Randy Knorr might not have gotten the Nationals’ managerial job, but he will return as the team’s bench coach next season. And Knorr says he’s thrilled to be back in that role.
Knorr, who had been one of a handful of candidates to interview for the Nats’ managerial vacancy, finalized his deal to return as bench coach today, he said. General manager Mike Rizzo and new Nationals manager Matt Williams both reached out to Knorr last week and let him know they hoped he would take the bench coach job, and after taking some time to work out terms, Knorr is officially back with the Nats.
“I always said before that I feel like this group of guys has a chance to win a championship,” Knorr said in a phone conversation this afternoon. “I’ve always said it. I feel that way. I want to be a part of it, and if I can’t manage in the big leagues, the best thing in the game is to be a part of the Nationals.
“My ultimate goal is to manage in the big leagues, but if there’s nothing out there for me, I don’t want to do anything else than be with this group of guys. They’re great. They’ve got good chemistry, they play well together and I’ve been around them a long time.”
Knorr has spoken with Williams a couple of times since the Nationals made the decision to go with the former Diamondbacks third base coach as their next manager, but the two men haven’t really had a chance to talk in great detail. Knorr will be at tomorrow’s press conference introducing Williams as skipper, and he’ll likely get to sit down with Williams and chat a bit at some point during the day.
Knorr has been in the Nationals’ organization since 2005, and has spent the last two years as bench coach. He managed a number of current Nats players when they were working their way up the minor league ranks, and has become a trusted coach on the Nats’ staff.
Rizzo made sure to note in a conference call today that any coaches that stay with the Nats are being kept around largely because of their coaching ability and the work they’ve done fine-tuning players’ skills. But Knorr’s comfort level with the players as well as his knowledge of the talent level of the organization as a whole likely played a part in Rizzo and Williams wanting Knorr to return.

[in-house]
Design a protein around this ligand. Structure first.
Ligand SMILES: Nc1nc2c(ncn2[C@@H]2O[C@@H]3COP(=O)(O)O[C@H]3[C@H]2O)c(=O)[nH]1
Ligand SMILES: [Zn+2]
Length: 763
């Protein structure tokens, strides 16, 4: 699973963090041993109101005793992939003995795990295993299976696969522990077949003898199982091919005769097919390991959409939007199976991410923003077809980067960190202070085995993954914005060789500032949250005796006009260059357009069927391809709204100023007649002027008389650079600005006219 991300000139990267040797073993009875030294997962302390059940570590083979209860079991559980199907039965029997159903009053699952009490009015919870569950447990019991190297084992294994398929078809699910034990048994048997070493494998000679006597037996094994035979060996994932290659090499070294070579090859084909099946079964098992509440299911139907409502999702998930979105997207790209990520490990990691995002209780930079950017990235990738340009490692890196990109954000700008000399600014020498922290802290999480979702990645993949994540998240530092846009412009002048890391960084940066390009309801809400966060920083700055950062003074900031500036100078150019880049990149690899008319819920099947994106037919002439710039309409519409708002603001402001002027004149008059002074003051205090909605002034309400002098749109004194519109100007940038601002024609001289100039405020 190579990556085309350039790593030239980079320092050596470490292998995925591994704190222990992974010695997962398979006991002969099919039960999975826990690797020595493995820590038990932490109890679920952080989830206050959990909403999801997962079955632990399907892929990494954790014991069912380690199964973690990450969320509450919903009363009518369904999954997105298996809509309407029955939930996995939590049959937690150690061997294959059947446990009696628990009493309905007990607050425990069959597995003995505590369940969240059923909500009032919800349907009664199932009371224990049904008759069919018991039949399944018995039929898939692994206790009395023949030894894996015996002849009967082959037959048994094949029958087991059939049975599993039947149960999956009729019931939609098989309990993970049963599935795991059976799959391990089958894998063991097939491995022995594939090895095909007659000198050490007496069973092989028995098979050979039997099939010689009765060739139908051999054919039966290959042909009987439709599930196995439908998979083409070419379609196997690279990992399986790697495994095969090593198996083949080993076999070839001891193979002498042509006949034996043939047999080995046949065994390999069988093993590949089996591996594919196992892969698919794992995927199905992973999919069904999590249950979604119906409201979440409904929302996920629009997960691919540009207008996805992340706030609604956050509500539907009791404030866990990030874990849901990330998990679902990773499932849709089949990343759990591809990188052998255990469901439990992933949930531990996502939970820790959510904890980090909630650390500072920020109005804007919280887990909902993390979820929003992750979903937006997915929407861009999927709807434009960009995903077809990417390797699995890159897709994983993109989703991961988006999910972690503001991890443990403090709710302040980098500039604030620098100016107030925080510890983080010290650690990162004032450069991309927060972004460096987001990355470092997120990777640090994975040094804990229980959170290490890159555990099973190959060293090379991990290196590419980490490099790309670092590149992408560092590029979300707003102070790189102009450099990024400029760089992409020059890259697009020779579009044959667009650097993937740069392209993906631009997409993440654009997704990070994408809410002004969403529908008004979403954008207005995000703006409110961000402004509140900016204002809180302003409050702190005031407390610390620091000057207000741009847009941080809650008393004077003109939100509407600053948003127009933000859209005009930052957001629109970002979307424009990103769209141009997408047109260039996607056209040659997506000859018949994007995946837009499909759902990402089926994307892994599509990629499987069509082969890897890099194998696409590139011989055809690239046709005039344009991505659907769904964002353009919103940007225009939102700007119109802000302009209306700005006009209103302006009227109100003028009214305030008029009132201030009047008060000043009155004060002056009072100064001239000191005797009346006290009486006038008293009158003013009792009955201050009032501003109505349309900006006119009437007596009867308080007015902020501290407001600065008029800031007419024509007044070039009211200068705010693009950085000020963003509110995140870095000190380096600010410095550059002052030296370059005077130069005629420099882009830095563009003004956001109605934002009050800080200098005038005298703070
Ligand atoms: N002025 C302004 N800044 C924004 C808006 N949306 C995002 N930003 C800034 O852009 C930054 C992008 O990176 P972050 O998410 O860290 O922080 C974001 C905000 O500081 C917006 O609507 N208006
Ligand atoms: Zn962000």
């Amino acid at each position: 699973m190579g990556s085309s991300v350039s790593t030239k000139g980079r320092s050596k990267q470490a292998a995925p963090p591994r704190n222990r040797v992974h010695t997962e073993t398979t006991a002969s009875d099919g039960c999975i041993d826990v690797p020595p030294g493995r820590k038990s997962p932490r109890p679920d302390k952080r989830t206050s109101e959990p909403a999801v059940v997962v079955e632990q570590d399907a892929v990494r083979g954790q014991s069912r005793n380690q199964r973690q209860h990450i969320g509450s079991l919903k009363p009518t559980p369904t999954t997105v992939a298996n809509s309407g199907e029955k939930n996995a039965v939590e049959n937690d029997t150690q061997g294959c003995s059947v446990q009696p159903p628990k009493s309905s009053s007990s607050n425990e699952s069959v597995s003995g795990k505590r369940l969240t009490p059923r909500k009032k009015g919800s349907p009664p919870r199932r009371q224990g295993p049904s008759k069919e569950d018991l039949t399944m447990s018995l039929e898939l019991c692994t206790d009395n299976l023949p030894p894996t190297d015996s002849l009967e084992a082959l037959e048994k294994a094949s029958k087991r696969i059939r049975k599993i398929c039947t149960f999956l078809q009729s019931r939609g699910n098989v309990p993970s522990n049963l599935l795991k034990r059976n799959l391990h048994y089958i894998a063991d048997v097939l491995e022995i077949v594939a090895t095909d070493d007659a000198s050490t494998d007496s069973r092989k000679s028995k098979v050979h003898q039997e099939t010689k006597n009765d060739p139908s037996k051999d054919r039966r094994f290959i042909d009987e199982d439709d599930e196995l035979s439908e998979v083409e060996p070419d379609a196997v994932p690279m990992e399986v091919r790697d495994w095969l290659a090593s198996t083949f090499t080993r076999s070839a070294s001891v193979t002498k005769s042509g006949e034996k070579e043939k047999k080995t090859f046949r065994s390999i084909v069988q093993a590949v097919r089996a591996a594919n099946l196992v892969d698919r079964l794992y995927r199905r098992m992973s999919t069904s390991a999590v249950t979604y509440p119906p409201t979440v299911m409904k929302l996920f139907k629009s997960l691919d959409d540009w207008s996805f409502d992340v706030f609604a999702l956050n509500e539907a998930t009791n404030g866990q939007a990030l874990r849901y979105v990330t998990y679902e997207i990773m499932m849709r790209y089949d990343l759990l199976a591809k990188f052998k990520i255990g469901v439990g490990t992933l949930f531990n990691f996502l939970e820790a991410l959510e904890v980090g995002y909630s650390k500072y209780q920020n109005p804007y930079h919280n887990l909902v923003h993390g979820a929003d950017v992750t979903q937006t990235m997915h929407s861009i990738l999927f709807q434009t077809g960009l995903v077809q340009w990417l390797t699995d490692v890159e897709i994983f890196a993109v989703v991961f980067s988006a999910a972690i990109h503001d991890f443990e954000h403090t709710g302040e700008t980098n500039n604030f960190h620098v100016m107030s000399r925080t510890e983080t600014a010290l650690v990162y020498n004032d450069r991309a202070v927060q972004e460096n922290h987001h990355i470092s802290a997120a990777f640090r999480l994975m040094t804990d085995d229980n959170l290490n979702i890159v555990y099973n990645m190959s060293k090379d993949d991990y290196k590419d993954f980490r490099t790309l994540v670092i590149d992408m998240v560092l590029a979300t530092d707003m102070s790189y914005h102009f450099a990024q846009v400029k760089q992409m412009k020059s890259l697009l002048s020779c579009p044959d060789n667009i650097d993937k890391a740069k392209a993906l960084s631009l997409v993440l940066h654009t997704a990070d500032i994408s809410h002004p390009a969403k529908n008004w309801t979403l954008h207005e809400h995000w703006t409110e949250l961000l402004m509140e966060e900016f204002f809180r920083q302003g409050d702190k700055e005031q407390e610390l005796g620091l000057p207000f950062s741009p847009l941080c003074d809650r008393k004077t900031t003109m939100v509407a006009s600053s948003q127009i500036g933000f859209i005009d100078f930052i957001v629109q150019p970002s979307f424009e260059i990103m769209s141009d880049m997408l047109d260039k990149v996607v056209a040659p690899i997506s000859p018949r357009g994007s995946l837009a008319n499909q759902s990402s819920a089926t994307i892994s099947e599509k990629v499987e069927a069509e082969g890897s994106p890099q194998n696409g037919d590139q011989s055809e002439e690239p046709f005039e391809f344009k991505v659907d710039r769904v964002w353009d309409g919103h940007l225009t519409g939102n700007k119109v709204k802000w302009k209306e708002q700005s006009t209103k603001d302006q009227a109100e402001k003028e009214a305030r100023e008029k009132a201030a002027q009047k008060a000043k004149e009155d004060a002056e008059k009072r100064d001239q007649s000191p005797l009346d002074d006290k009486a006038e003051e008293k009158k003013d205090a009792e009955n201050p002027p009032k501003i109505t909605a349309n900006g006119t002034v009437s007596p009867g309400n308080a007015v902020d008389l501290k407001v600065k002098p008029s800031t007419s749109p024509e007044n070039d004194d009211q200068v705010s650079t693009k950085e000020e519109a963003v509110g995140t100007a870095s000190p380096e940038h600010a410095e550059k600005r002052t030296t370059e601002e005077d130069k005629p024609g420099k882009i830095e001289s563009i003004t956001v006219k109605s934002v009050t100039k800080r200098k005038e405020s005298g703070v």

“I can’t answer for Matt, but I think that’s what he’s thinking, that having me around, knowing the players’ personalities and how they react to things, it’ll help him get going a little faster,” Knorr said. “Because these guys, they knew each other, but it’s not easy for anyone to just jump in here and people not know them and try to establish who you are and how you are when these guys have been together for such a long time.”
As the regular season started to wind down, Knorr heard more and more players being quoted in the media as saying that they hoped that Knorr would get the Nats’ managerial job once Davey Johnson stepped aside. Ryan Zimmerman, Ian Desmond and Tyler Clippard were among those who put their support behind Knorr, and even though he didn’t get the job, Knorr says that having the backing of many players meant the world to him.
“That was awesome,” Knorr said. “You go through your whole career hoping that as an instructor or a coach or a manager or whatever capacity that you’re in, that you’ve reached some of the players, whether they get to the big leagues or not. Not only in baseball, but in character and how they go about things in baseball and in life. Just tells me that some of them respected what I’ve been through with them in the minor leagues or at the big league level at some point.”
It’s been an interesting few weeks for Knorr, who interviewed for his dream job, sat back and waited for a response, was told he was being passed over and then was asked to return in his previous role. But Knorr, as positive a man as you’ll come across, has taken the whole process in stride.
“I’ve never been through the interview process before, and it was a privilege to go through that,” Knorr said. “That was pretty exciting. After I did the interview, I felt like, ‘Hey, I might have a shot at this.’ And then when it didn’t happen, there was a little bit of disappointment in there, because I’ve always wanted to manage and see what I could do in the big leagues, but I’m a guy that just, hey, that was yesterday. Let’s move on. I didn’t get it. Don’t feel sorry for yourself. Move on, get better, get better at what do.
“Somewhere down the road, somebody might think of you in that respect, but in the moment, just try to keep getting guys better. That’s what I like to do.”
On another note, there is nothing official regarding pitching coach Steve McCatty’s future with the organization just yet, but a source familiar with the situation says that McCatty is likely to return in his previous role.
Like Knorr, McCatty is well-liked within the Nats’ clubhouse and he’s built a strong rapport with many of the pitchers. McCatty has served as the Nats’ pitching coach since the middle of the 2009 season, when he replaced the fired Randy St. Claire.
Rizzo said today that he doesn’t expect the Nats’ coaching staff to undergo a major “transformation,” and if both Knorr and McCatty return, two key components of the team’s staff in previous seasons will remain in place.